Bayer, which owns the pregnancy test’s maker Schering, denies the test caused abnormalities in children
Experts are to examine new evidence about a pregnancy-testing drug, which parents claim caused their children serious birth defects.
Hundreds of families have been campaigning for years for compensation alleging Primodos, a hormone-based drug manufactured by Schering and available during the 1960s and 1970s, led to their children being born with serious abnormalities – including missing limbs, heart defects and spina bifida.
The drug was discontinued in 1978 and Bayer, which now owns Schering, has denied the allegations.
Now, thousands of pages of documents have been discovered in the Berlin National Archives. According to Sky News, which has investigated the files, they show that in January 1975, the principal medical officer for the British government, Dr William Inman, had found women who took a hormone pregnancy test “had a five-to-one risk of giving birth to a child with malformations”.
The evidence reportedly shows Inman, who died in 2005, wrote to manufacturer Schering so it could “take measures to avoid medico-legal problems”. Later documents allegedly claim he destroyed the materials that his findings were based on to “prevent individual claims being based on his material”.
Primodos detected pregnancy by prompting menstruation in women who were not pregnant using two hormone-based tablets.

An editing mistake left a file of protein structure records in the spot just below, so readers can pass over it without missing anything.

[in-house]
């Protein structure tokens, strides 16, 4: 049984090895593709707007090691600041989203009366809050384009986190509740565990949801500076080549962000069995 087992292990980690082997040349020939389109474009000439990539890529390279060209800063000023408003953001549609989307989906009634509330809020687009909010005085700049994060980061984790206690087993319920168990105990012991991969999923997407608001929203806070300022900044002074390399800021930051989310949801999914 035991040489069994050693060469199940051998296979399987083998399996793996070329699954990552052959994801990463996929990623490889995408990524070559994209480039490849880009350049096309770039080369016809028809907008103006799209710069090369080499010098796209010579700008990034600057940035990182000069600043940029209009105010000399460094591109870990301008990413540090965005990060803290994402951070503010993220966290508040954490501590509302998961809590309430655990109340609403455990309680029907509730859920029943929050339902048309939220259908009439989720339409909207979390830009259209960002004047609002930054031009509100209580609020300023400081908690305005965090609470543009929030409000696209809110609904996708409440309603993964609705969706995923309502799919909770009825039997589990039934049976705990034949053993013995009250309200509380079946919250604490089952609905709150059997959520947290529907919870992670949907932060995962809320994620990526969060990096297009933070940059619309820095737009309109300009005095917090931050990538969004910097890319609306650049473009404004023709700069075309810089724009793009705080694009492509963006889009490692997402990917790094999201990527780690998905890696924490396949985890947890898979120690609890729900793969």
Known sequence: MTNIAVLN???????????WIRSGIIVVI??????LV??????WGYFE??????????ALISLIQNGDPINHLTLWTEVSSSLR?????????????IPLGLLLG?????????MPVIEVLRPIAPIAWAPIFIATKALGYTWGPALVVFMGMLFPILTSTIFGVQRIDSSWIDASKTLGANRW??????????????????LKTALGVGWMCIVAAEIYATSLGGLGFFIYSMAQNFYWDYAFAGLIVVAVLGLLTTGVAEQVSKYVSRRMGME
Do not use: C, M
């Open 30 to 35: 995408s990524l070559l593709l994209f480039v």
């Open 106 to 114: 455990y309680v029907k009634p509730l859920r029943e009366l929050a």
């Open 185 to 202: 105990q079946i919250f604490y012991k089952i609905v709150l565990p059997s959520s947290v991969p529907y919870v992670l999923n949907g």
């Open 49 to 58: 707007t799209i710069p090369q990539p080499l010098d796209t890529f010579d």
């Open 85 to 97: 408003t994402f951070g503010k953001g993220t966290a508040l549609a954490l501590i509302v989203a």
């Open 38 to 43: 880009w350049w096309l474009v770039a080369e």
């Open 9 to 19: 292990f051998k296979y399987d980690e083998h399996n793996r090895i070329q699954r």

Attempts by alleged victims to bring their case before UK courts collapsed in 1982 and legal aid was withdrawn from the 700 families then suing Schering for compensation. At the time it was considered unlikely they would be able to prove a causal link between the use of hormonal pregnancy tests and the children’s defects. But these new documents have given families fresh hope. They will be examined by the Commission on Human Medicines’ Expert Working Group on Hormone Pregnancy Tests.
Bayer rejects any suggestion anything has been concealed by Schering and insists sales of Primodos were in compliance with prevailing laws.
Linda Millband, national practice lead of Thompsons Solicitors’ clinical negligence team, said: “We welcome the news of this new evidence and it is important that it will be rigorously analysed.
“At Thompsons, we have experience of working with families and individuals across the country who have been victim of medical negligence through defective medical products, and will be monitoring the findings of the Commission’s examination closely.”
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